Living quarters in the town were mainly stone houses, bombproof tunnels that had been dug by the Italians, and shelters constructed of concrete slabs, assorted bits of wood and tin, and sandbags. The defenders kept up their morale by listening to BBC news broadcasts every night from London which were preceded by the famous chimes of Big Ben.
When not manning their guns against enemy raiders, they staged variety shows in an improvised theater, gambled, ironed uniforms, darned socks, and read their own newspaper, Tobruk Truth. Each night, they listened—along with thousands of other Allied and German troops in the Mediterranean Theater of Operations—to broadcasts of Lale Andersen singing “Lili Marlene.” The haunting ballad about a sweetheart waiting “underneath the lamplight by the barrack gate” was the German soldiers’ favorite song, but became the unofficial anthem of all desert soldiers.
The Wounded Defended Themselves to Their Last Breath
After receiving panzer reinforcements, Rommel planned another assault on Tobruk—a do-or-die operation. At 6:30 pm on April 30, 1941, the Afrika Korps mounted its heaviest attack to date on the garrison. Stukas and artillery pieces pounded the Allied positions while panzers and grenadier units rushed the southwestern corner of the defenses. The defenders had been forewarned by their intelligence service, but the Germans managed to gain a toehold on the outer defenses and push two miles inside the perimeter. Again, losses were heavy. The enemy failed to eliminate a number of fortified outposts manned by Australian troops who fought, Rommel reported, “with remarkable tenacity. Even their wounded went on defending themselves and stayed in the fight to their last breath.”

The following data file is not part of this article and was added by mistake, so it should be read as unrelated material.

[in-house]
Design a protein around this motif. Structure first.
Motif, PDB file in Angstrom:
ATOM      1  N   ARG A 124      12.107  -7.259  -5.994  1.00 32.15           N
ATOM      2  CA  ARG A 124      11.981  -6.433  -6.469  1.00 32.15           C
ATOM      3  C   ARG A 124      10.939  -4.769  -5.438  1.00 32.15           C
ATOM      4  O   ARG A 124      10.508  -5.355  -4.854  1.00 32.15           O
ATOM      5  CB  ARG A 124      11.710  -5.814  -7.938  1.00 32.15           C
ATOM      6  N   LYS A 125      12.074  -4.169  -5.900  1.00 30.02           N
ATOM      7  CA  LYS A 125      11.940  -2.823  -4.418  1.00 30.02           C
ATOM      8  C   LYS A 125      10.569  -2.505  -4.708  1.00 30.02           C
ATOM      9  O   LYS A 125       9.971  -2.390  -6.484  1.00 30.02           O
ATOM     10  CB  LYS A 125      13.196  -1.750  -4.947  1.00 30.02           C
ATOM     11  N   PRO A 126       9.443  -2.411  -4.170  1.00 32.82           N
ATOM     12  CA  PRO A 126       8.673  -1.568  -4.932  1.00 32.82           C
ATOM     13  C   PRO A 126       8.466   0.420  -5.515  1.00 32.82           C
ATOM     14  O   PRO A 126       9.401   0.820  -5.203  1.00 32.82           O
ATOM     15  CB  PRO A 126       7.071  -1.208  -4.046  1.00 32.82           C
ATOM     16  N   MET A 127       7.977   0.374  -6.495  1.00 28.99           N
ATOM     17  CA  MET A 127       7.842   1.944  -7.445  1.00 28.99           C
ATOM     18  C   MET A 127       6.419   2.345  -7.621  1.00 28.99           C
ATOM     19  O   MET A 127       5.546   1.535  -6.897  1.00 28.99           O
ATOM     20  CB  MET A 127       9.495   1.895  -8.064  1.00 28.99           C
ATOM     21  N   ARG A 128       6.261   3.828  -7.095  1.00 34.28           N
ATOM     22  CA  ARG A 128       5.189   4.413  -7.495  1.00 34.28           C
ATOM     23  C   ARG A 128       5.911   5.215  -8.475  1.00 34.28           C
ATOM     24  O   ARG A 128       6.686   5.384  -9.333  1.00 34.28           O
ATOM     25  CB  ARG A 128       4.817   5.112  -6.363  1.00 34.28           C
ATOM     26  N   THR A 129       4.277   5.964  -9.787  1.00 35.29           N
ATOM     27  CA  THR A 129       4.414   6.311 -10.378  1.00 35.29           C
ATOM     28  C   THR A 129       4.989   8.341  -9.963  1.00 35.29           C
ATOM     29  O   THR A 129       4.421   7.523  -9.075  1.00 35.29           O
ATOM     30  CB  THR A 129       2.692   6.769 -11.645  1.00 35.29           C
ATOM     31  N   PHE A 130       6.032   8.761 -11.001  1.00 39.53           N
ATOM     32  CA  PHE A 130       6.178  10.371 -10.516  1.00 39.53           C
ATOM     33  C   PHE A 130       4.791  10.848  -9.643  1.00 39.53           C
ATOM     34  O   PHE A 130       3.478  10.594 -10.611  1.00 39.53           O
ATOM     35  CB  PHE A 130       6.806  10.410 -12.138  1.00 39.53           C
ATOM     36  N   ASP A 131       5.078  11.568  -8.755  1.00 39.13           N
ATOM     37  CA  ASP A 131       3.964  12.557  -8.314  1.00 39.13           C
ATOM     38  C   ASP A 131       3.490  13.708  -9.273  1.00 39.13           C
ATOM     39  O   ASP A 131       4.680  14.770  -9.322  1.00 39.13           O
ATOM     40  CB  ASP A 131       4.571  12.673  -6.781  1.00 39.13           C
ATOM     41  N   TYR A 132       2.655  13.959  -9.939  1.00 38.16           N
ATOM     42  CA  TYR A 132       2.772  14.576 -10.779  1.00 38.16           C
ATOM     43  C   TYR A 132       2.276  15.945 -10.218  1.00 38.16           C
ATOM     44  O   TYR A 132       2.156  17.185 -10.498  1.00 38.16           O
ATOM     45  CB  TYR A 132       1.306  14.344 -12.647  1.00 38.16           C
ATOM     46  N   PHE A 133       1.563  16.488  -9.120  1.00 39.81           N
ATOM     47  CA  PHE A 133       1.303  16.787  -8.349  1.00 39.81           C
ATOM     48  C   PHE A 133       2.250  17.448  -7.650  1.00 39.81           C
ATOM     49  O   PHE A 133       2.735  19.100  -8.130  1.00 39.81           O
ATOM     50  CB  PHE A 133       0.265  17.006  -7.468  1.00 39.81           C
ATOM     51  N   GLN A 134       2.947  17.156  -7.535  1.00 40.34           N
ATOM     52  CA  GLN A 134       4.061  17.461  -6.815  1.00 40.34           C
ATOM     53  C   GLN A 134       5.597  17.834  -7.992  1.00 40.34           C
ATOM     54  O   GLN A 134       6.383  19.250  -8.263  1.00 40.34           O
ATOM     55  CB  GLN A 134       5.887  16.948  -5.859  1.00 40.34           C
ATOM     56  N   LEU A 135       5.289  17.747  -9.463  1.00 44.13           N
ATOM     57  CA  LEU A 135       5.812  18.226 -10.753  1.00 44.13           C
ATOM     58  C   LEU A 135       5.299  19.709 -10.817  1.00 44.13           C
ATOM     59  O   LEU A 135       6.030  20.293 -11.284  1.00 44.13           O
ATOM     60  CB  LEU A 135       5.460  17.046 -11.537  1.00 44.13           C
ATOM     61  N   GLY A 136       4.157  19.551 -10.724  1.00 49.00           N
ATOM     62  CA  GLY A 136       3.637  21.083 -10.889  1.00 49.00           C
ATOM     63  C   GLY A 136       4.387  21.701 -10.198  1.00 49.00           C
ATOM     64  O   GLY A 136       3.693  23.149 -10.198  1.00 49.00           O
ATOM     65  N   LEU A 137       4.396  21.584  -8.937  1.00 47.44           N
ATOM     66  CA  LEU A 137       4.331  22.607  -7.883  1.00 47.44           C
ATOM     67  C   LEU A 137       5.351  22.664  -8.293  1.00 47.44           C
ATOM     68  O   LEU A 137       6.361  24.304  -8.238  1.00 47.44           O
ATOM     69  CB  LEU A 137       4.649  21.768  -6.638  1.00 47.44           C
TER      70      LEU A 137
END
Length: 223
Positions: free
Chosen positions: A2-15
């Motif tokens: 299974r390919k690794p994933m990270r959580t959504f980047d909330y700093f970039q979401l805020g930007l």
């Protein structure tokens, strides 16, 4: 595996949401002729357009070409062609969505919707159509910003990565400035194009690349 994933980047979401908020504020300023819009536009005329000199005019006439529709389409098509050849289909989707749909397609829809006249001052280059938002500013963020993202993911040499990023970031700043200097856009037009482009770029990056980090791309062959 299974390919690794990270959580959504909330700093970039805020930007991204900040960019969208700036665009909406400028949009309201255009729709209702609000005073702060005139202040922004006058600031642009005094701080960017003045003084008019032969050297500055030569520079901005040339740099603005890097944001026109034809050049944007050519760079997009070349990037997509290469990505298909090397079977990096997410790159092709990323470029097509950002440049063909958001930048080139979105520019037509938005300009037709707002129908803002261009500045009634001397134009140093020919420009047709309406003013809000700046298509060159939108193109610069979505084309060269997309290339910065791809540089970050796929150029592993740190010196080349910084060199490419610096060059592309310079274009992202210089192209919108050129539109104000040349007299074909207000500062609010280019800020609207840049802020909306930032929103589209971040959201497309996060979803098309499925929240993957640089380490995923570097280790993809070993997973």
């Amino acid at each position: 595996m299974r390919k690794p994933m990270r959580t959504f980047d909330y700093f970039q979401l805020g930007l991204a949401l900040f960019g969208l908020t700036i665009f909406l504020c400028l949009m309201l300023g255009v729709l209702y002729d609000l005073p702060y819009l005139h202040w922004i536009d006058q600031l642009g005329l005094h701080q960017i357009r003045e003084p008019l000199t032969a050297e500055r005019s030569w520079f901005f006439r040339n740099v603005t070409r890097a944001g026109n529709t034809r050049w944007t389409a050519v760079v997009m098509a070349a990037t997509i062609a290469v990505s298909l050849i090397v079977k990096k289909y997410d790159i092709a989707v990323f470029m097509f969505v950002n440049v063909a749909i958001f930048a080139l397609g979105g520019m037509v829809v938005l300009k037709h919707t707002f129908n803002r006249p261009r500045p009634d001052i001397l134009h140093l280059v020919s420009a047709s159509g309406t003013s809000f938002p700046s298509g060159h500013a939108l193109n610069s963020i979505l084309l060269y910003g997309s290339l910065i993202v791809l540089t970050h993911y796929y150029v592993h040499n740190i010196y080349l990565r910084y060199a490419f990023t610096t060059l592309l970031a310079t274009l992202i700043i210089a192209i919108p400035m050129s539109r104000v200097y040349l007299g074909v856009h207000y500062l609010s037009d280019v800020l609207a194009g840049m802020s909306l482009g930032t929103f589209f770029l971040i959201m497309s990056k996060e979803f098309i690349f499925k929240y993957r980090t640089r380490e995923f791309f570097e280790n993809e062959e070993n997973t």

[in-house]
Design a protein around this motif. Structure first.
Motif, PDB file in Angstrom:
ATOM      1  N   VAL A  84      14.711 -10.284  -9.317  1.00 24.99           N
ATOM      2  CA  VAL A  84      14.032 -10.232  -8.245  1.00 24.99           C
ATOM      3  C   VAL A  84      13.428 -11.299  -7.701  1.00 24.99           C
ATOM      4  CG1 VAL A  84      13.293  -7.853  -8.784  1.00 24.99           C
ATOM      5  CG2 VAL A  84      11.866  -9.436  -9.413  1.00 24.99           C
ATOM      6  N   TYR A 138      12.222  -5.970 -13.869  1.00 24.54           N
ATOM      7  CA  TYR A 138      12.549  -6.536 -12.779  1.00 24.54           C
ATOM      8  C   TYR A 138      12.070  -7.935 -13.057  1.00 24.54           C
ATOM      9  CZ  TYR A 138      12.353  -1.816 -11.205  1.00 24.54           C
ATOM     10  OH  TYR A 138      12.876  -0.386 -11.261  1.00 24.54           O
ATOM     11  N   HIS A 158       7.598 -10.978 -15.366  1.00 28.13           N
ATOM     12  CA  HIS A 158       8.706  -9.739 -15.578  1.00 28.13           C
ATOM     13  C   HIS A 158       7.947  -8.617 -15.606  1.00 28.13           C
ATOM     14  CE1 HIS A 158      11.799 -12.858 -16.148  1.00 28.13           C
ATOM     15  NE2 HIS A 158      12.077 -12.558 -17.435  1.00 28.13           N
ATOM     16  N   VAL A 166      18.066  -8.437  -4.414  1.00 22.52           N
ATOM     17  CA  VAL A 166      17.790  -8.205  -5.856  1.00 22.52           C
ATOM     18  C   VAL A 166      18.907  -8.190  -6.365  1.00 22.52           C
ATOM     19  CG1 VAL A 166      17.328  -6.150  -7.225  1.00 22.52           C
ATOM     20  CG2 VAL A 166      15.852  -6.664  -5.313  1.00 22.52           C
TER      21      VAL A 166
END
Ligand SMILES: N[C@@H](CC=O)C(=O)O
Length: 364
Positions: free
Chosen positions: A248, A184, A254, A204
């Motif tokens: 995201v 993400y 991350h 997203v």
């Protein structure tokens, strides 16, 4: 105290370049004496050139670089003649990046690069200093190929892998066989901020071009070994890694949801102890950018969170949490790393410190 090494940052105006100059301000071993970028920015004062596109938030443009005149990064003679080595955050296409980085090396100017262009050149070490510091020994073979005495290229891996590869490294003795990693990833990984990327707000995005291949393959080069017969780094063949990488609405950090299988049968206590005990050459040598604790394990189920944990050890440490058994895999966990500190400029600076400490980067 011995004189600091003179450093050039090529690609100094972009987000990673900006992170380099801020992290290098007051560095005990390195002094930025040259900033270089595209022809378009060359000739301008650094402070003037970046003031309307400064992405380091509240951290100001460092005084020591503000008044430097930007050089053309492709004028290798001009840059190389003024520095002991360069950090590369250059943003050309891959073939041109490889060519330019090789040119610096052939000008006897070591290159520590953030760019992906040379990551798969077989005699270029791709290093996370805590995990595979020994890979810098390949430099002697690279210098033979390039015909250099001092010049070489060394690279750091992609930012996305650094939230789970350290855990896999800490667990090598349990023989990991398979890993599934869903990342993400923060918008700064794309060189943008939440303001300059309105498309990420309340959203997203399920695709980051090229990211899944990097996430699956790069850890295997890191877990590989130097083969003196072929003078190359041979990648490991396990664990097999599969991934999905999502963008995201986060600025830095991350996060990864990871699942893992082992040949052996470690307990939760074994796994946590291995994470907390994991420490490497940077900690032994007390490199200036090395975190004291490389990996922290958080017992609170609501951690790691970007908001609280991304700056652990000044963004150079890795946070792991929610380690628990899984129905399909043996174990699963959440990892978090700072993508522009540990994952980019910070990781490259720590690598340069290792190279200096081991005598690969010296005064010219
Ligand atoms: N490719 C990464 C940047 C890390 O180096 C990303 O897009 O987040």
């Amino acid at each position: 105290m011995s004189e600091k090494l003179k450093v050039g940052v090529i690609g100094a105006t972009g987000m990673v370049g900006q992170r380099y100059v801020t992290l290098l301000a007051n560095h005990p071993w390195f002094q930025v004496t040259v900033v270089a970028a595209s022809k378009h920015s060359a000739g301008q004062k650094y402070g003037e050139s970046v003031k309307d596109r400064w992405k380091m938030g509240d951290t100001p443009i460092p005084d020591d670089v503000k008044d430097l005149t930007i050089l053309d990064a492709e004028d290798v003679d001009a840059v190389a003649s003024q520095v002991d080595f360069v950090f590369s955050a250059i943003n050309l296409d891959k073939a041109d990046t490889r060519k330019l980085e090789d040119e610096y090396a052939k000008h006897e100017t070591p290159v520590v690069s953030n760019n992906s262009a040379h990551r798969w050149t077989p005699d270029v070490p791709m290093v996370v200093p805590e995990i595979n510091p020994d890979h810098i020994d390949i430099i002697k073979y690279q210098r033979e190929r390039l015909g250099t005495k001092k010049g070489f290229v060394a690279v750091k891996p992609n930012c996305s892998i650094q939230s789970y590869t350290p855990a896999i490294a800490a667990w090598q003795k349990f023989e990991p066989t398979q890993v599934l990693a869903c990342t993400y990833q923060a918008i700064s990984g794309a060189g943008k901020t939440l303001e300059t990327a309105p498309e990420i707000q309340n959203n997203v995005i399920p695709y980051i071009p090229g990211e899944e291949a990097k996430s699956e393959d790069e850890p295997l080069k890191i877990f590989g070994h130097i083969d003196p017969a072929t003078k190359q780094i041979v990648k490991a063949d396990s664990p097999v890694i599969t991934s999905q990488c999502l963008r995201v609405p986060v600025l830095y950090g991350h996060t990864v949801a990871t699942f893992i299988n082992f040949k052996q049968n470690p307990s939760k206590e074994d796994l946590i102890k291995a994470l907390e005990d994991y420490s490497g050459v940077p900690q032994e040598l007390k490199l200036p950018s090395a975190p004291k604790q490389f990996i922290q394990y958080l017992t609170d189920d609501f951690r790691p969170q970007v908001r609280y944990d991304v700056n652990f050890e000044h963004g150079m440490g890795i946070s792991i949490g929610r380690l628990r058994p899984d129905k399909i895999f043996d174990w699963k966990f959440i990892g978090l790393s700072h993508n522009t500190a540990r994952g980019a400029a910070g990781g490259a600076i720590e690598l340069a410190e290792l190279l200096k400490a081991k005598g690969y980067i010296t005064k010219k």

The battle raged on through the night, and the Allied strongpoints were still active the following morning. They harassed the invaders from behind as other British units retaliated with artillery and tank fire. Dust storms made tactical coordination difficult for both sides. The seesaw struggle continued for three days before Rommel called off the offensive on May 4. His troops retained a two-mile-deep salient near Fort Pilastrino for the rest of the siege, but it had been his most costly attack so far; the Afro lost more than a thousand men. Lt. Gen. Friedrich Paulus, who had been sent by the Army High Command to observe operations, was shocked by the casualties and the fact that the German troops were “fighting in conditions that are inhuman and intolerable.” He advised Rommel that there was no chance of capturing Tobruk.
The failure to seize the stronghold, the forward base Rommel badly needed for a proposed thrust into Egypt, was the Wehrmacht’s first major reverse of World War II. The Desert Fox received orders from Berlin forbidding him to attack Tobruk again or from advancing further into Egypt. He was told to hold his position and conserve his forces. The hard-driving general was bitter at being compelled to wage a defensive campaign.
Encouraged by Rommel’s unexpected setback, British troops advanced from their defensive line in western Egypt and drove the Germans and Italians back toward the strategic Halfaya Pass near the port of Sollum. So far, the British forces had destroyed about 300 German tanks and inflicted 38,000 casualties (twice those of the Allies). The British had been reinforced by the arrival of almost 300 tanks, dispatched in a fast convoy, on the orders of Prime Minister Winston Churchill.
In fierce fighting, the British forced the Germans off “Hellfire Pass,” and then were themselves driven off by panzers and 88mm flak guns. Both sides suffered heavy casualties, but the Afrika Korps recaptured most of the territory gained by O’Connor the previous year. Tobruk, however, still held out.
823 Men Killed, 2,214 Wounded